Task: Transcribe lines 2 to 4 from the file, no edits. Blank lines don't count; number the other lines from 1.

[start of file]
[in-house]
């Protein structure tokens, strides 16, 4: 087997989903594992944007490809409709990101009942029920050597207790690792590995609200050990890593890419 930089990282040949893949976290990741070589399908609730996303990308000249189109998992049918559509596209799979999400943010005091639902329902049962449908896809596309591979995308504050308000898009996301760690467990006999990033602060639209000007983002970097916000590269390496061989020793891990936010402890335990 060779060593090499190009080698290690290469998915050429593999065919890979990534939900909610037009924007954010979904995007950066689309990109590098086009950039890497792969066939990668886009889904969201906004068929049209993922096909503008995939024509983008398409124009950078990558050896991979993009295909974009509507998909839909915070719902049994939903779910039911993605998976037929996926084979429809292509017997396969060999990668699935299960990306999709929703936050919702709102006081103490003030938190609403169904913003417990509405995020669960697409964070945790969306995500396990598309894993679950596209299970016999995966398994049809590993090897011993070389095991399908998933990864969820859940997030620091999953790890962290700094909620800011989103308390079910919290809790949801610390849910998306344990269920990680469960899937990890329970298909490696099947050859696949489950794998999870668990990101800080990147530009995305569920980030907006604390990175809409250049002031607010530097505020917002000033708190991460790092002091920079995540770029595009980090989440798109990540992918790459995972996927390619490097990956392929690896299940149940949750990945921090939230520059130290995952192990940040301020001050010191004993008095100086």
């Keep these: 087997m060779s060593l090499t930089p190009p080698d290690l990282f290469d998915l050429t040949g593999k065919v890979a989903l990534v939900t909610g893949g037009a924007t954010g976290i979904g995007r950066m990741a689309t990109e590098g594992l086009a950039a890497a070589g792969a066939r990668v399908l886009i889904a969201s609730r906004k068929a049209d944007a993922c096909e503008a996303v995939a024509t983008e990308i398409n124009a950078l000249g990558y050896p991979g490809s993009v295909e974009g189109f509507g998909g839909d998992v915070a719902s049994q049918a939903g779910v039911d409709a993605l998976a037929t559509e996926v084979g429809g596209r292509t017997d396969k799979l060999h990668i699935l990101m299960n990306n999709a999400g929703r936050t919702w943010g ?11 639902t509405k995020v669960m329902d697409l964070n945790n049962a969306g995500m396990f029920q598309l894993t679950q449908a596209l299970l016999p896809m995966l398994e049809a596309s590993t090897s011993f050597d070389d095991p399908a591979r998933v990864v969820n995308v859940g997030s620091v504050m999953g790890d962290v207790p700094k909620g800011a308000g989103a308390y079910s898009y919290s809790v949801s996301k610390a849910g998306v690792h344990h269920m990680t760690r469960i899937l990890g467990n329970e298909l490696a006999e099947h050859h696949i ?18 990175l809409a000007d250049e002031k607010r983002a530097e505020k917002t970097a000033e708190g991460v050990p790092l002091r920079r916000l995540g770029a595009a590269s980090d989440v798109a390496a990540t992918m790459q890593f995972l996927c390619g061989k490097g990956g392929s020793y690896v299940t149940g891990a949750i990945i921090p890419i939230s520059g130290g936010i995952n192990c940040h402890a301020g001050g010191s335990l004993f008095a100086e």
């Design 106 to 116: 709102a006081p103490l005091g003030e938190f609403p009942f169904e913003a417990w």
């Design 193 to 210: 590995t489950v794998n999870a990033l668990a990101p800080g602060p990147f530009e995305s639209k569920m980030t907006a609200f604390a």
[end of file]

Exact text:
């Protein structure tokens, strides 16, 4: 087997989903594992944007490809409709990101009942029920050597207790690792590995609200050990890593890419 930089990282040949893949976290990741070589399908609730996303990308000249189109998992049918559509596209799979999400943010005091639902329902049962449908896809596309591979995308504050308000898009996301760690467990006999990033602060639209000007983002970097916000590269390496061989020793891990936010402890335990 060779060593090499190009080698290690290469998915050429593999065919890979990534939900909610037009924007954010979904995007950066689309990109590098086009950039890497792969066939990668886009889904969201906004068929049209993922096909503008995939024509983008398409124009950078990558050896991979993009295909974009509507998909839909915070719902049994939903779910039911993605998976037929996926084979429809292509017997396969060999990668699935299960990306999709929703936050919702709102006081103490003030938190609403169904913003417990509405995020669960697409964070945790969306995500396990598309894993679950596209299970016999995966398994049809590993090897011993070389095991399908998933990864969820859940997030620091999953790890962290700094909620800011989103308390079910919290809790949801610390849910998306344990269920990680469960899937990890329970298909490696099947050859696949489950794998999870668990990101800080990147530009995305569920980030907006604390990175809409250049002031607010530097505020917002000033708190991460790092002091920079995540770029595009980090989440798109990540992918790459995972996927390619490097990956392929690896299940149940949750990945921090939230520059130290995952192990940040301020001050010191004993008095100086």
């Keep these: 087997m060779s060593l090499t930089p190009p080698d290690l990282f290469d998915l050429t040949g593999k065919v890979a989903l990534v939900t909610g893949g037009a924007t954010g976290i979904g995007r950066m990741a689309t990109e590098g594992l086009a950039a890497a070589g792969a066939r990668v399908l886009i889904a969201s609730r906004k068929a049209d944007a993922c096909e503008a996303v995939a024509t983008e990308i398409n124009a950078l000249g990558y050896p991979g490809s993009v295909e974009g189109f509507g998909g839909d998992v915070a719902s049994q049918a939903g779910v039911d409709a993605l998976a037929t559509e996926v084979g429809g596209r292509t017997d396969k799979l060999h990668i699935l990101m299960n990306n999709a999400g929703r936050t919702w943010g ?11 639902t509405k995020v669960m329902d697409l964070n945790n049962a969306g995500m396990f029920q598309l894993t679950q449908a596209l299970l016999p896809m995966l398994e049809a596309s590993t090897s011993f050597d070389d095991p399908a591979r998933v990864v969820n995308v859940g997030s620091v504050m999953g790890d962290v207790p700094k909620g800011a308000g989103a308390y079910s898009y919290s809790v949801s996301k610390a849910g998306v690792h344990h269920m990680t760690r469960i899937l990890g467990n329970e298909l490696a006999e099947h050859h696949i ?18 990175l809409a000007d250049e002031k607010r983002a530097e505020k917002t970097a000033e708190g991460v050990p790092l002091r920079r916000l995540g770029a595009a590269s980090d989440v798109a390496a990540t992918m790459q890593f995972l996927c390619g061989k490097g990956g392929s020793y690896v299940t149940g891990a949750i990945i921090p890419i939230s520059g130290g936010i995952n192990c940040h402890a301020g001050g010191s335990l004993f008095a100086e």
């Design 106 to 116: 709102a006081p103490l005091g003030e938190f609403p009942f169904e913003a417990w």